Sure makes it a lot easier for third party websites to gather detailed law firm and lawyer information. Plus Martindale is arguably the best at keeping such information up to date and accurate. All at no expense to such other companies.

Third party sites would be free to pursue their own business models for reveune whether it be advertising, law firm sponsorships, or selling other products and services to lawyers or the public. Martindale would not share in any of that revenue.

How does that work for Martindale? If I am a lawyer or law firm and I know that Martindale’s directory appears everywhere, I want to keep my Martindale profile complete and I am happy to pay heavy subscription costs to Martindale.

Martindale could also cut heavy expenses it’s incurring to draw people to their websites. TV Ads for lawyers.com running on CNN, FOX, and elsewhere? That’s nuts. How many successful web services (Amazon, Google, Zappos) do you see running such Ads? Buying Google sponsored links for all the Martindale websites is expensive.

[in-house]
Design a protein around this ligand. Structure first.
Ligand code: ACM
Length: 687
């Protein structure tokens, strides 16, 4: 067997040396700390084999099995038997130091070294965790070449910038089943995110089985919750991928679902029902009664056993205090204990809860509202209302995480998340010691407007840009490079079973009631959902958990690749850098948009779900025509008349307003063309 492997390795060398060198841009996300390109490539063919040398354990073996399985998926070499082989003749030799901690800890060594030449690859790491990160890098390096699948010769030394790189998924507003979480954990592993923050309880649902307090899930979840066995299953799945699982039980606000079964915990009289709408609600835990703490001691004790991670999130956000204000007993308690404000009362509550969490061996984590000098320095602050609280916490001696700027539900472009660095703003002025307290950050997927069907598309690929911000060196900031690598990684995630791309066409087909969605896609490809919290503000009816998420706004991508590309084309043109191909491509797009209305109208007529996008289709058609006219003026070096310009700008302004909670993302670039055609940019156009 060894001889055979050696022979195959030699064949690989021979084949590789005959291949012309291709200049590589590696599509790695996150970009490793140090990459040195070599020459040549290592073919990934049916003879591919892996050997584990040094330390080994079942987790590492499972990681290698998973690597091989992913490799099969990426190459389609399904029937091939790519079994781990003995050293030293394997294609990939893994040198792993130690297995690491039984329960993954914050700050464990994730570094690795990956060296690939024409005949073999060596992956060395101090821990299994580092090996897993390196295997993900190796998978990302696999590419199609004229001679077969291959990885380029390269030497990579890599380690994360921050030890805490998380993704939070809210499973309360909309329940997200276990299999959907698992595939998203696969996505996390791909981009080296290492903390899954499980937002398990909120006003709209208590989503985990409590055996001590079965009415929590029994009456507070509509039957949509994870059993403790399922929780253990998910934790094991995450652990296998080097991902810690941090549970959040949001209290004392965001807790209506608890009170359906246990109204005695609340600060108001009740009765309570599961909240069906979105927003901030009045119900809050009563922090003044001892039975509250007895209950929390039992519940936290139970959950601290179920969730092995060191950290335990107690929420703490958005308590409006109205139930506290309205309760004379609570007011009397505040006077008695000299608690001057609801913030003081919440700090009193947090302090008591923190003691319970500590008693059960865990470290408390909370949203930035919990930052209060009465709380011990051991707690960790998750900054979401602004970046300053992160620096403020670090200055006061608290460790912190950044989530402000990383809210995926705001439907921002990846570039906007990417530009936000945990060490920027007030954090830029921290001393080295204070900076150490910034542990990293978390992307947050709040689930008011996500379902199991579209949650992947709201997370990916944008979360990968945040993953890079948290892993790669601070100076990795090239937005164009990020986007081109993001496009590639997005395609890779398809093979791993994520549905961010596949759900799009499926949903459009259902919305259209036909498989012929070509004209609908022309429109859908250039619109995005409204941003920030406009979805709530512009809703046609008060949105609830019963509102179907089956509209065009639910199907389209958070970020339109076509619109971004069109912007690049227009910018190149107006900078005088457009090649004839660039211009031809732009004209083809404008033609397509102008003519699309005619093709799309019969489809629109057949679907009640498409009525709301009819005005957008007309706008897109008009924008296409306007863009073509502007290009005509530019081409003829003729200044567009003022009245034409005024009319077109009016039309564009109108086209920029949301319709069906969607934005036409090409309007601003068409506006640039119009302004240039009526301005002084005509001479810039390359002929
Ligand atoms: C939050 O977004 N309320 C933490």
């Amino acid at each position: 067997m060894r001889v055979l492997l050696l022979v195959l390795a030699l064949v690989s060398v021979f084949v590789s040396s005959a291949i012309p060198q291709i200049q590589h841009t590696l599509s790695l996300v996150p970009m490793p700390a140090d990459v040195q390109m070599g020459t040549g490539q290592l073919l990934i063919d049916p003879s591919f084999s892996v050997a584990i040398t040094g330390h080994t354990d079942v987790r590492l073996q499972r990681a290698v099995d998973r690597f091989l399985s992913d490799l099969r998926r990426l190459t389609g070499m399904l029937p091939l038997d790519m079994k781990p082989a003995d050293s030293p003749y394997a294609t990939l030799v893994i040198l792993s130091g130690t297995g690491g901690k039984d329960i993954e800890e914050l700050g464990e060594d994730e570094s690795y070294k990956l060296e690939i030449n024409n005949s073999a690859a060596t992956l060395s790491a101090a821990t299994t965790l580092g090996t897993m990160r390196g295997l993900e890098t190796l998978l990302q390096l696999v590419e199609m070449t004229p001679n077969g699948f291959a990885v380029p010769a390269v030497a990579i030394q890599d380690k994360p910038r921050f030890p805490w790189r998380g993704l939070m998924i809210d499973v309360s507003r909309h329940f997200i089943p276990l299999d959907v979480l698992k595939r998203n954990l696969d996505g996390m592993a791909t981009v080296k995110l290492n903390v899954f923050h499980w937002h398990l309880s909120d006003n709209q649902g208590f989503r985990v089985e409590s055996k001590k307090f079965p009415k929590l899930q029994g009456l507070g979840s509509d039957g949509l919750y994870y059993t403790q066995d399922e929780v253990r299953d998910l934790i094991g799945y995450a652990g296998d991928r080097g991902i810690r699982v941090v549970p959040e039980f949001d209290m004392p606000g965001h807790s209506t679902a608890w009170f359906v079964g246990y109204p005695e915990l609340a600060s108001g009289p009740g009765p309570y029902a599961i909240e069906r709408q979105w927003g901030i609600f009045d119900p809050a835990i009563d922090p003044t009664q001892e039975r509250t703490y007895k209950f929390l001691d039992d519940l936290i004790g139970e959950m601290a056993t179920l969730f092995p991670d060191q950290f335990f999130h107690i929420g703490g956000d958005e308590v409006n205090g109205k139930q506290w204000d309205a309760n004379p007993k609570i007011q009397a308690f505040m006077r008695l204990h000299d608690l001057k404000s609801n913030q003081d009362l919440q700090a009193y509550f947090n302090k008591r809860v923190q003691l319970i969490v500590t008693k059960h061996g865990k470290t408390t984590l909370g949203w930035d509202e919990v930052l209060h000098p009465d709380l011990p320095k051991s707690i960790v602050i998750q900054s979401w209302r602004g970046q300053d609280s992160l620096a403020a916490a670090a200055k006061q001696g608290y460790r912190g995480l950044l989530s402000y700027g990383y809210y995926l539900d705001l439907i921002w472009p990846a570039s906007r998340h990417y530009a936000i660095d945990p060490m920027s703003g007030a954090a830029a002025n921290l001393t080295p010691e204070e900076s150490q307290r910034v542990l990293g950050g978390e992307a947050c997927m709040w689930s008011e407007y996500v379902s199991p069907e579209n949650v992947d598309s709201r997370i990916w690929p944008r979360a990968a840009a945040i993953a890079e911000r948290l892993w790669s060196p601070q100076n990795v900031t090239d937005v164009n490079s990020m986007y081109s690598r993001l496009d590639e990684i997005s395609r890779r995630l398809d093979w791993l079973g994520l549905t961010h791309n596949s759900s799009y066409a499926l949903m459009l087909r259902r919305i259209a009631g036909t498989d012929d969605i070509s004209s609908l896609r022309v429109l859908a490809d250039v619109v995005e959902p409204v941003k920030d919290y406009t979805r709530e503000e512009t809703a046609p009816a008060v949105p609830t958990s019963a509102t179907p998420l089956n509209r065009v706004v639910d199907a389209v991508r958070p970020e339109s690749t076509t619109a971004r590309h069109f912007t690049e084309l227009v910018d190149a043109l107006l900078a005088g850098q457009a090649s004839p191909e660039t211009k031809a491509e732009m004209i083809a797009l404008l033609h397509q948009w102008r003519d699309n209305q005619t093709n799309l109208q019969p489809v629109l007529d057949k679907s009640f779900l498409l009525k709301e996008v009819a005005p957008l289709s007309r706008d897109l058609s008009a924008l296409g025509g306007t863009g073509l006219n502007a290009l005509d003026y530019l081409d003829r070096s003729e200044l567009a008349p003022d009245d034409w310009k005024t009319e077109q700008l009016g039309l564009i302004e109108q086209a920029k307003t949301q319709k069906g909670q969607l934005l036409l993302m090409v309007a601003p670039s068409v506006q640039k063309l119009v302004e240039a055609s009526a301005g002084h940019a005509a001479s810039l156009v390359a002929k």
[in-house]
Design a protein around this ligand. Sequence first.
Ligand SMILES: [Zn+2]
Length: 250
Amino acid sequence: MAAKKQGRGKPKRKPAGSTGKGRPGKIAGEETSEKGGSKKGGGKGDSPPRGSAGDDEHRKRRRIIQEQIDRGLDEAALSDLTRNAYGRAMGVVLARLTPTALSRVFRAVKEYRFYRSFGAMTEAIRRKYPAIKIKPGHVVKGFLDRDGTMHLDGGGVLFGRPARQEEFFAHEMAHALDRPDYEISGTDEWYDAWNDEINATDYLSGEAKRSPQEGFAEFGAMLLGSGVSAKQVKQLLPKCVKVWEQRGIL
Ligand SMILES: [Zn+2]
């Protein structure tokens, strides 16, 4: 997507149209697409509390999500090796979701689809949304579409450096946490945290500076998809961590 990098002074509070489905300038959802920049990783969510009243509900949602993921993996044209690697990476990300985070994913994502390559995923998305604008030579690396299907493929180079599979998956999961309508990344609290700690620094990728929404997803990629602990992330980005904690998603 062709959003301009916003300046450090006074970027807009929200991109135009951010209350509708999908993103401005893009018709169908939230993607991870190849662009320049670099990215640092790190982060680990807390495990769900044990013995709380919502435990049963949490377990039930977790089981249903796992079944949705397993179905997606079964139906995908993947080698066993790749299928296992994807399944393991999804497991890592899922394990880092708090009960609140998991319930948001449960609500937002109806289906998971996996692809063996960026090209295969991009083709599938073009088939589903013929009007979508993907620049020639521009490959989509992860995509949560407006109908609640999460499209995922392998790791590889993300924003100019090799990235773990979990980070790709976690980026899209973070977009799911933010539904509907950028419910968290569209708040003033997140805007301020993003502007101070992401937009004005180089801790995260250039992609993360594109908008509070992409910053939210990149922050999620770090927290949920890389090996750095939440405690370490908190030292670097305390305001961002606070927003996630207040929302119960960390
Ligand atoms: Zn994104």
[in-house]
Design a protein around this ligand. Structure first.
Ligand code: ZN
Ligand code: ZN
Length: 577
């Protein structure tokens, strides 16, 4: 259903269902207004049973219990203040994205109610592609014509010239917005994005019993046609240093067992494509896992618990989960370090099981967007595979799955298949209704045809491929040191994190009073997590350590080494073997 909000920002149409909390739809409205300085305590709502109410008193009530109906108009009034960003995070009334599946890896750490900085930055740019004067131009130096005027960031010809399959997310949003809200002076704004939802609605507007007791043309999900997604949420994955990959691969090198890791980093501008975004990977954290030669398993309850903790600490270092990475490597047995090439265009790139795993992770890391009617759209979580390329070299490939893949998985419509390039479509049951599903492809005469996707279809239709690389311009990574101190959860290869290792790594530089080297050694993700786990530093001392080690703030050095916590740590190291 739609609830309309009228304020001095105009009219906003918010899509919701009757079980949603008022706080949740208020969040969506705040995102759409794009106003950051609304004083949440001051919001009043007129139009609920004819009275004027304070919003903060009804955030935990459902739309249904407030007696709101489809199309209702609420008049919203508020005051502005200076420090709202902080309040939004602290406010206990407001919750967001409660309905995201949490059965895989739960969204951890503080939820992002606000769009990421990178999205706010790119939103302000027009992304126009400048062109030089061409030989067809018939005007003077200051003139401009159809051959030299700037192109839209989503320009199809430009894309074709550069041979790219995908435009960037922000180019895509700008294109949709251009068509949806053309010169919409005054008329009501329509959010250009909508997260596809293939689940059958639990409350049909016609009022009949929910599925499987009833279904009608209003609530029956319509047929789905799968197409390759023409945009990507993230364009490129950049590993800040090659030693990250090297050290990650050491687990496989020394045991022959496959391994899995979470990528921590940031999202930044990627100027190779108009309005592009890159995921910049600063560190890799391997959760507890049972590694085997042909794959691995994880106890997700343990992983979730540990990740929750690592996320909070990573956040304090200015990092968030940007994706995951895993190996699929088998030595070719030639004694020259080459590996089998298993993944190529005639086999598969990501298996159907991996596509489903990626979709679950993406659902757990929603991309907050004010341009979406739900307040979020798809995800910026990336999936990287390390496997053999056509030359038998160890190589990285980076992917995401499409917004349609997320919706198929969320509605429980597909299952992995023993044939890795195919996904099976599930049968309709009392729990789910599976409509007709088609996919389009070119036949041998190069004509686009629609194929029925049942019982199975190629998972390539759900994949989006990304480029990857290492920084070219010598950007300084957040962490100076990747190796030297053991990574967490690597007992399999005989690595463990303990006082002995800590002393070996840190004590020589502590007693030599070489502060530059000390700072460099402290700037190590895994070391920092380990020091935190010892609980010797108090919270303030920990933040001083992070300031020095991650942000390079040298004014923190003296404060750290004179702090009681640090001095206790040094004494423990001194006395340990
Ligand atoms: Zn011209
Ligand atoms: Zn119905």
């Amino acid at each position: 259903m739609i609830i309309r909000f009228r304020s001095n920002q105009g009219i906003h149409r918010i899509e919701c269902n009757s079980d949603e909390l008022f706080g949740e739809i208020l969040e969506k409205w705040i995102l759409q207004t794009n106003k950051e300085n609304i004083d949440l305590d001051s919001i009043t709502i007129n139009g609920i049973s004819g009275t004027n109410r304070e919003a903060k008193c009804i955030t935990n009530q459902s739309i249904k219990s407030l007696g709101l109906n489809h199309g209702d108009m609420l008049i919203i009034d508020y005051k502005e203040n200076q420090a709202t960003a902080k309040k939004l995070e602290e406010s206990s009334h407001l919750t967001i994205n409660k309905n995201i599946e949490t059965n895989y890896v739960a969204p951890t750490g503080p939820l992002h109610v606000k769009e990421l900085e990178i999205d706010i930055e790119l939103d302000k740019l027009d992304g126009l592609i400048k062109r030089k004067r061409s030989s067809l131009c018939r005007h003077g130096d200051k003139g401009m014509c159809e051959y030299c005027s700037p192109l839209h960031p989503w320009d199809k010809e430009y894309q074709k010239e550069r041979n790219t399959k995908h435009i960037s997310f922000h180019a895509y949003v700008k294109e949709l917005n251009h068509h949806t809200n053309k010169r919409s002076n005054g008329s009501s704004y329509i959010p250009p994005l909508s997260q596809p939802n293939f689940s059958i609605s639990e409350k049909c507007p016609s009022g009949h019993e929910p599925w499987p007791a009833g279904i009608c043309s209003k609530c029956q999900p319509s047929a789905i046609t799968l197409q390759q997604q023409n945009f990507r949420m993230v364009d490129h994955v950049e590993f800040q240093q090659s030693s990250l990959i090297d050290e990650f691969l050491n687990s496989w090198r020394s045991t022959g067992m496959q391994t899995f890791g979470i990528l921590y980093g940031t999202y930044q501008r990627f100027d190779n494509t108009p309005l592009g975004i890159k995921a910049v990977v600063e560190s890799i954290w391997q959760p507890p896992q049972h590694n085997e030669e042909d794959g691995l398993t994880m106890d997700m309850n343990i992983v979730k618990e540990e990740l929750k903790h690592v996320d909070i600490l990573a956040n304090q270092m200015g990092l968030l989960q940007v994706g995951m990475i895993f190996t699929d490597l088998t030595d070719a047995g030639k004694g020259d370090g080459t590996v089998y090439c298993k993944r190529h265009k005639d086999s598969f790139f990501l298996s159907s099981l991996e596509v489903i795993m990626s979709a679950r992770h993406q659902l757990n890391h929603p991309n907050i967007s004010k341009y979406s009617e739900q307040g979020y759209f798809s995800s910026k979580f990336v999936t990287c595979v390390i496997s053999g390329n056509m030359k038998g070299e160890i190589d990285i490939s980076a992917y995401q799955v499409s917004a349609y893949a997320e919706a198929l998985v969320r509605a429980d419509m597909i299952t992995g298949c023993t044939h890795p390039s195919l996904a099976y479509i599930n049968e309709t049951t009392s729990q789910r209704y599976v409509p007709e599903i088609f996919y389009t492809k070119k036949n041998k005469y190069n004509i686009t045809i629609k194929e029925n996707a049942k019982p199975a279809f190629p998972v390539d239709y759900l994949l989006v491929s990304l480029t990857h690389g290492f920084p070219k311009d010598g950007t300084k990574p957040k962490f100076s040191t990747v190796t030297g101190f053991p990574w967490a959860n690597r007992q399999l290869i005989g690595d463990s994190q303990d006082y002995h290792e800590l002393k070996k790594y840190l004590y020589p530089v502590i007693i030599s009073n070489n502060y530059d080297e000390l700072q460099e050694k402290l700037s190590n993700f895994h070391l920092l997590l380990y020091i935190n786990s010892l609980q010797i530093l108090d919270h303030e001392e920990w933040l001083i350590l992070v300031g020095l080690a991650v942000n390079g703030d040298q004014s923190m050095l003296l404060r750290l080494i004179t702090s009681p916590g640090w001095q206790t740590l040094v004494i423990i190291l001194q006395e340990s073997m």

Building a community like Martindale-Hubbell Connected is laudable. But it’s expensive and time intensive. Maybe there are other companies who do it better at no expense to Martindale. Maybe it’s Legal OnRamp.

An Open API of its directory sure seems like a credible solution for Martindale.

Also seems to work for other companies. Companies have been coming along for years thinking they are going to put Martindale-Hubbell out of business by building a better lawyer directory. Martindale-Hubbell still pulls in $200 or $300 million a year. And the road is littered with companies who couldn’t outlast Martindale, which has been around since 1867.